The pandemic has demonstrated that price gouging laws are not only written in an ambiguous manner, but are ambiguous as to whether they are in effect or not. A recurring problem faced by businesses is that some states are not widely circulating information about whether their price gouging laws are still active, when they expire, or whether they’ve already expired. As a result, law abiding businesses may find it difficult to find accurate, publicly available information about price gouging law end dates.
Some commentators have categorically stated – potentially incorrectly – that certain price gouging laws have expired. For example, some say that Kentucky’s price gouging law expired on April 21, 2020. By statute, Kentucky’s price gouging law is in effect for fifteen days after notification of the price gouging law going into effect. After the fifteen days expire, the Governor may renew the provisions up to “three additional fifteen (15) day periods  if necessary to protect the lives, property, or welfare of the citizens”. Ky. Rev. Stat. §367.374(1)(b). Despite what the statute says, the Governor continued to extend the price gouging law, and on May 21, 2020, issued an executive order stating that the price gouging laws shall remain in effect for the duration of Kentucky’s state of emergency. However, it is unclear whether the Governor has the authority to extend price gouging laws beyond the length laid out by statute. Other state Governors, who have extended price gouging laws beyond the scope of the respective state statute, may also find the legality of the extensions questioned.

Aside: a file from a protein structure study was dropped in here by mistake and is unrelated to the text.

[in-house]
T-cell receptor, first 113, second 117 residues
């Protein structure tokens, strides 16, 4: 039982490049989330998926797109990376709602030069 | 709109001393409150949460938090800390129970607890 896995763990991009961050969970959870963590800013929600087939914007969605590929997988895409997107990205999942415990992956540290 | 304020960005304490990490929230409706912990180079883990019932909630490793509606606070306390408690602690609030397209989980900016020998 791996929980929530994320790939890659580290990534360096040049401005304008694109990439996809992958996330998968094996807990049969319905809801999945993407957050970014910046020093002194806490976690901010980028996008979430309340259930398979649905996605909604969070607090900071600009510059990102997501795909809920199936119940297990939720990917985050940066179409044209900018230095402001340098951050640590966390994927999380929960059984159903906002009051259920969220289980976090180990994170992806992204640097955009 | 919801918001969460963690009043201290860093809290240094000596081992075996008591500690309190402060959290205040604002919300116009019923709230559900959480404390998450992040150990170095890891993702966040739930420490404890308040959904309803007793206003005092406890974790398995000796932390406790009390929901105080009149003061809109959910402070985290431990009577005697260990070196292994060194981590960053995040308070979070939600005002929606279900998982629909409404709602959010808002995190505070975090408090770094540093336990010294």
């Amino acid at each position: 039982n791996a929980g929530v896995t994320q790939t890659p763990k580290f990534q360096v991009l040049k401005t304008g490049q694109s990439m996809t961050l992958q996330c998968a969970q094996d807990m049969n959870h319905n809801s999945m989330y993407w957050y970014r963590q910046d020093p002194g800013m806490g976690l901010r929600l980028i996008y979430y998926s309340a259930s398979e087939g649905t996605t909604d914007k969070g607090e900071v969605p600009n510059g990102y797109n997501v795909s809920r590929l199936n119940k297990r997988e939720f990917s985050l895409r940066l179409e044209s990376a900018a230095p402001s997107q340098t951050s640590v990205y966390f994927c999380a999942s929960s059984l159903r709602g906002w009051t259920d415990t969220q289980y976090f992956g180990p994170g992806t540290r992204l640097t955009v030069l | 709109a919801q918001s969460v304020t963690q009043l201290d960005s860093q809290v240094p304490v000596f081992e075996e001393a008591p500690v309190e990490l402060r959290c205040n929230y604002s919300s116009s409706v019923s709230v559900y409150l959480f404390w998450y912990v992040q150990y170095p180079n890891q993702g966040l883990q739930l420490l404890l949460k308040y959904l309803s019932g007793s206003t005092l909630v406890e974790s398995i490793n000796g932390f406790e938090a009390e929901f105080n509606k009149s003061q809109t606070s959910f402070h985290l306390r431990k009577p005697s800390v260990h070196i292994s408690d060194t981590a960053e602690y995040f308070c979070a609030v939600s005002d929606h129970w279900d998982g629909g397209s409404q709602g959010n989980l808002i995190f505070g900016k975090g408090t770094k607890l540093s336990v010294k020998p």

Further, while it appears Tennessee’s price gouging law may have expired – as some have indicated – the Tennessee’s Office of the Attorney General, Division of Consumer Affairs has not provided clarity on the question. In early June, the Division said the statute is still in effect. In early July, the Division stated that while they’re happy to take any consumer complaints, they are unable to answer whether the price gouging statute is still in effect.
Also noteworthy, when the Wisconsin Bureau of Consumer Protection was recently asked whether there is still an abnormal market disruption, the Bureau stated that they are still accepting price gouging complaints, but have “no idea” when the abnormal market disruption will end. One day later the Wisconsin Department of Agriculture, Trade and Consumer Protection released a statement stating “Governor Tony Evers approved ending the declared period of abnormal economic disruption, allowing sellers to resume sale of consumer goods and services without the restrictions outlined in Wisconsin’s price gouging statutes.”
Businesses making efforts to comply with the law need to know the law in order to comply. The lack of clarity is not only poor policy, but it is bad government. A state’s consumer protection agency should be able to give businesses a simple yes or no answer as to whether a price gouging law remains in effect.
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